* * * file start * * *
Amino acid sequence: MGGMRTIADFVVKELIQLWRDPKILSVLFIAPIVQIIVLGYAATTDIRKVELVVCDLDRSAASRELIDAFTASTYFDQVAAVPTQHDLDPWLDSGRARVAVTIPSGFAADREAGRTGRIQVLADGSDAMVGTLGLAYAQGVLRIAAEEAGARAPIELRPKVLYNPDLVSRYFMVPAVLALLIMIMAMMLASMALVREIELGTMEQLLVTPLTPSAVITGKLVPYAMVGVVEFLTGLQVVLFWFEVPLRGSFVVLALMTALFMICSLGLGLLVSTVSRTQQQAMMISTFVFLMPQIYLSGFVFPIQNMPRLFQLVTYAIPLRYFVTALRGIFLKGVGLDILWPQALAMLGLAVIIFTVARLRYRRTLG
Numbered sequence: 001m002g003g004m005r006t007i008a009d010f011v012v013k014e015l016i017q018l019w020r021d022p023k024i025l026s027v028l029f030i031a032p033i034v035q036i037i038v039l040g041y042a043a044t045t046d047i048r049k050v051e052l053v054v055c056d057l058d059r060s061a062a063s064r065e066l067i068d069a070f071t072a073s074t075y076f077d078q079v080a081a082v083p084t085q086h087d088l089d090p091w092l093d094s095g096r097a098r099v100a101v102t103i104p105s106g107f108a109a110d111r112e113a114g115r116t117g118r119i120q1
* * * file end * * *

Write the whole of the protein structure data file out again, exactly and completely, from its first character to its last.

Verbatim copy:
Amino acid sequence: MGGMRTIADFVVKELIQLWRDPKILSVLFIAPIVQIIVLGYAATTDIRKVELVVCDLDRSAASRELIDAFTASTYFDQVAAVPTQHDLDPWLDSGRARVAVTIPSGFAADREAGRTGRIQVLADGSDAMVGTLGLAYAQGVLRIAAEEAGARAPIELRPKVLYNPDLVSRYFMVPAVLALLIMIMAMMLASMALVREIELGTMEQLLVTPLTPSAVITGKLVPYAMVGVVEFLTGLQVVLFWFEVPLRGSFVVLALMTALFMICSLGLGLLVSTVSRTQQQAMMISTFVFLMPQIYLSGFVFPIQNMPRLFQLVTYAIPLRYFVTALRGIFLKGVGLDILWPQALAMLGLAVIIFTVARLRYRRTLG
Numbered sequence: 001m002g003g004m005r006t007i008a009d010f011v012v013k014e015l016i017q018l019w020r021d022p023k024i025l026s027v028l029f030i031a032p033i034v035q036i037i038v039l040g041y042a043a044t045t046d047i048r049k050v051e052l053v054v055c056d057l058d059r060s061a062a063s064r065e066l067i068d069a070f071t072a073s074t075y076f077d078q079v080a081a082v083p084t085q086h087d088l089d090p091w092l093d094s095g096r097a098r099v100a101v102t103i104p105s106g107f108a109a110d111r112e113a114g115r116t117g118r119i120q1